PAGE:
Sloppy Buccaneers hand Panthers fourth straight win

By Ben Rolfe

The second week at the Tottenham Hotspur Stadium brought an NFC South clash between the Tampa Bay Buccaneers (2-3) and Carolina Panthers (3-2). The Panthers were looking to get their fourth straight win, while the Buccaneers looked to get back on track after a loss in the Superdome.

However, things went wrong pretty rapidly for the Buccaneers as Jameis Winston was picked off on the first play of the game. At that point it was a problem, but not a huge one. Unfortunately, for the Buccaneers, it was a sign of things to come. In total, the Buccaneers turned the ball over seven times to the Panthers one. To put that into context, teams with a +6 turnover differential win the game 97.3% of the time. Even if you discount the two “garbage time” turnovers, the numbers still do not make pretty reading for the Buccaneers. Teams with a -4 turnover different win just six percent of the time!

In fact, if you believe the statistics this game was unlikely to go the Buccaneers way from the 1:40 point of the entire game. Let’s take a look at how the game unfolded, and how the twists and turns affected the Buccaneers’ chance to win.


Jameis Winston first pass of the game was picked off by Carolina DB James Bradberry (Ben Rolfe - The Touchdown)

As I mentioned above, the very first snap of the ball was where it went wrong for Winston. An errant pass ended up in the hands of James Bradberry, and not Mike Evans as it was supposed to.

Why is that a problem? Well, it set the Panthers up at the Buccaneers 29-yard line. Now without turning the ball over yourself, it is hard not to score from that position. The Panthers actually ended up doing their best to make it difficult, with the resulting drive going backward two yards. However, Joey Slye slotted through the 49-yard field goal to put the Panthers on the board first.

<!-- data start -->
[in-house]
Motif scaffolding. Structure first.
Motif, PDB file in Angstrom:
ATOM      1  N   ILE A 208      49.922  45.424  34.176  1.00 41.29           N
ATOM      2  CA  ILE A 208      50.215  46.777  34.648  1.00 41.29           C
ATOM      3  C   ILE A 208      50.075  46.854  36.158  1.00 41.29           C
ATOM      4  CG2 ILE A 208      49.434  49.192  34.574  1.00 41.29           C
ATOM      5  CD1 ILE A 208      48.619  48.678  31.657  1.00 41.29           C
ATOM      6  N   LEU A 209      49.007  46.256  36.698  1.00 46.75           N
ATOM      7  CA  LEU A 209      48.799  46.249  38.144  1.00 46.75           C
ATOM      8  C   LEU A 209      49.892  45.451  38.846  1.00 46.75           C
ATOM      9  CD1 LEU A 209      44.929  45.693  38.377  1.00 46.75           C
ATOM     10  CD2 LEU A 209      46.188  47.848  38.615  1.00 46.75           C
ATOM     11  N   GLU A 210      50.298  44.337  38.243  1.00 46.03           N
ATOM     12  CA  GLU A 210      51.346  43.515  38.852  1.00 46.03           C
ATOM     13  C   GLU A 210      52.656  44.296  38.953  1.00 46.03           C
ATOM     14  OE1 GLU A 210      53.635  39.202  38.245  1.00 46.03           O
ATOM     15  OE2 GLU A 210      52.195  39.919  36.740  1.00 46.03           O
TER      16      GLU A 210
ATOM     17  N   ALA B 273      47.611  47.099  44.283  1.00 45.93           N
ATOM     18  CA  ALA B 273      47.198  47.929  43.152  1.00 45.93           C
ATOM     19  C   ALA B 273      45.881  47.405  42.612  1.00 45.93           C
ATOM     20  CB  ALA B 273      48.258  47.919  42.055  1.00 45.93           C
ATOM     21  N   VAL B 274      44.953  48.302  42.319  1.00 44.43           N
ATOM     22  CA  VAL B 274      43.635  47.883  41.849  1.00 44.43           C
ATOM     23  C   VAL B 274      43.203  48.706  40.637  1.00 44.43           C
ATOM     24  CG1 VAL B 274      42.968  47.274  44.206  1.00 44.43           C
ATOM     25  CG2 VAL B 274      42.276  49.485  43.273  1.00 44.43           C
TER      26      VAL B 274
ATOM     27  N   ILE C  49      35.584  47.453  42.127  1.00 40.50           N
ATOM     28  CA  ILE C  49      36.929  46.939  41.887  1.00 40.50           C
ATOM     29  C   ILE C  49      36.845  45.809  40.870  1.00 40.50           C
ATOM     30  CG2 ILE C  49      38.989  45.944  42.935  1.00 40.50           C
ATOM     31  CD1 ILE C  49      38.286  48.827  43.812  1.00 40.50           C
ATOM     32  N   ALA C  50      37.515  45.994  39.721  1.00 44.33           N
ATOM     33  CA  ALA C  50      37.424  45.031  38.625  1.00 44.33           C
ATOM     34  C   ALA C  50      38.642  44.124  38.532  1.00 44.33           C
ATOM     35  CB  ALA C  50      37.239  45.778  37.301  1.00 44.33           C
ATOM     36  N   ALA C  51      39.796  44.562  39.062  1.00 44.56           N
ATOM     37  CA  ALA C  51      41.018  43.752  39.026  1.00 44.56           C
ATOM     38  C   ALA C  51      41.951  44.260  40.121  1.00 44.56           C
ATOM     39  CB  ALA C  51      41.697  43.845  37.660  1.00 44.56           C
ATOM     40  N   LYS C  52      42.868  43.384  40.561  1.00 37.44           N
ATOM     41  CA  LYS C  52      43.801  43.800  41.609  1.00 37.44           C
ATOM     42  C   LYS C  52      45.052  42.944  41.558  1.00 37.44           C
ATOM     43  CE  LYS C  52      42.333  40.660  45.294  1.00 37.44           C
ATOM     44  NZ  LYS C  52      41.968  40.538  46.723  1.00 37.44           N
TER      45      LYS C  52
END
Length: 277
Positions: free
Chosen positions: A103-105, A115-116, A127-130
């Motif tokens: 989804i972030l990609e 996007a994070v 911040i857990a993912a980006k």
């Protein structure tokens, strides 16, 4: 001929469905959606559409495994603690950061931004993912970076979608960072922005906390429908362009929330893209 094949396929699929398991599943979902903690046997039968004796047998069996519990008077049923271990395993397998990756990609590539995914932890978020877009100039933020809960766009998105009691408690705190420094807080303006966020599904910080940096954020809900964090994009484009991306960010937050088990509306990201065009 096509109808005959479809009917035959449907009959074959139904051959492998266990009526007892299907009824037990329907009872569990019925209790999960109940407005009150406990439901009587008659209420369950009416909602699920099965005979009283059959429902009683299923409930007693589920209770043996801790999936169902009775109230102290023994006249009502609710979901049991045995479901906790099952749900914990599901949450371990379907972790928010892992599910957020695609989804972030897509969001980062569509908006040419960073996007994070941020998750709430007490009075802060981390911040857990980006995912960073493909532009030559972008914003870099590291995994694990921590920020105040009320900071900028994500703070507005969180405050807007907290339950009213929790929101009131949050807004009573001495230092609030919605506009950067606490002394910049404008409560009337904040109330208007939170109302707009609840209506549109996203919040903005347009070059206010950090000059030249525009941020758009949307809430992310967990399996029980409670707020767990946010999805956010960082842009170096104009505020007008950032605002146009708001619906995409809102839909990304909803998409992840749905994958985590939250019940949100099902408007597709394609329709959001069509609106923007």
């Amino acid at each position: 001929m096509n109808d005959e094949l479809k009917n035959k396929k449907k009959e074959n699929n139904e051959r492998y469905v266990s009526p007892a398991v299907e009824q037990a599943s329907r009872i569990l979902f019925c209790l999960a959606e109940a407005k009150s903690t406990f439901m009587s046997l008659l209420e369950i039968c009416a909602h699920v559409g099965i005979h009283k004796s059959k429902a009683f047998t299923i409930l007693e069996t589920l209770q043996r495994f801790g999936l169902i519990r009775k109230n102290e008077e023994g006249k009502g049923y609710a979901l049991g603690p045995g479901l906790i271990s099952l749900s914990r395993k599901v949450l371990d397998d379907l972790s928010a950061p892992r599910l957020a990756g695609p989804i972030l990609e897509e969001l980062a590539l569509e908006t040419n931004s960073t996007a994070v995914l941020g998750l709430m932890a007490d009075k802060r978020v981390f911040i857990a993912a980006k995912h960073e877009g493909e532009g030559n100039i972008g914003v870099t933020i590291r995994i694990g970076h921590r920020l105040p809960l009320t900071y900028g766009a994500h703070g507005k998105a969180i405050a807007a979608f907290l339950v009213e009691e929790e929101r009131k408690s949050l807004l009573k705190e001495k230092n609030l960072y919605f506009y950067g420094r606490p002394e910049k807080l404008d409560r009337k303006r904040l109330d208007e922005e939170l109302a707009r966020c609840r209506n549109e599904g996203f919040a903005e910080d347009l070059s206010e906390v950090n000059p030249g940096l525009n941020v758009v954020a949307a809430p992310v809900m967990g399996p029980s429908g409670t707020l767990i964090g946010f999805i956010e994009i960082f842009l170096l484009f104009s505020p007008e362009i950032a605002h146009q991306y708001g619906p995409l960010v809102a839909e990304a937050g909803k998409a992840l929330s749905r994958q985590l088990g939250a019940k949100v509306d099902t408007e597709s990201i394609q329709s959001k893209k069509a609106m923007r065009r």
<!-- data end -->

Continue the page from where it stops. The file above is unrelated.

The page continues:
What does that mean? It is not good news for any team in the NFL, but definitely not for the Buccaneers. In the last five years (since Jameis Winston was drafted) the Buccaneers are 8-25 when the opposing team scores first. That is a win percentage of just 24%, compared to a league average of 34%. If we assume with a line of -2 for the Panthers entering the game, the likelihood of Tampa Bay winning was between 40-45%. That is a drop of at least 16% in the first 1:40 of the game.


The Buccaneers could have rescued the situation by striking back immediately. In the last five years, they are 16-13 when leading after the first quarter. On their third drive of the game, they actually became favourites for the only time in the game according to ESPN’s win probability chart when Winston hit Chris Godwin for 17 yards to the TB48. However, two sacks in two plays, the first by former-Buccaneer Gerald McCoy, shut down the drive right there. We will come back to those sacks in a moment.

Despite the resulting punt being downed at the one-yard line thanks to a fantastic play by the punt unit, the Panthers extended their lead on the following drive. When Christian McCaffrey wriggled his way in from the one-yard line to give the Panthers a 10-0 lead, it was another ominous sign for the Buccaneers.

In the last five years, when the Buccaneers have trailed after the first quarter they had lost 22 of their 29 games. That is a win percentage just below 25%, compared to an NFL average of 27% in the same time span. Still not a disaster, but not great either.


Jameis Winston was sacked by the Carolina Panthers seven times on Sunday (Ben Rolfe - The Touchdown)

Any stat referring to a team losing when their quarterback is sacked multiple times has holes in it. Of course you are more likely to be sacked when trailing and throwing more. However, when Winston was sacked for the third time on the first play of the second quarter it simply served to reinforce the unlikely nature of a Buccaneers victory. NFL teams who allow three or more sacks in a game win 34% of the time. The Buccaneers? Once again right around that 25% mark.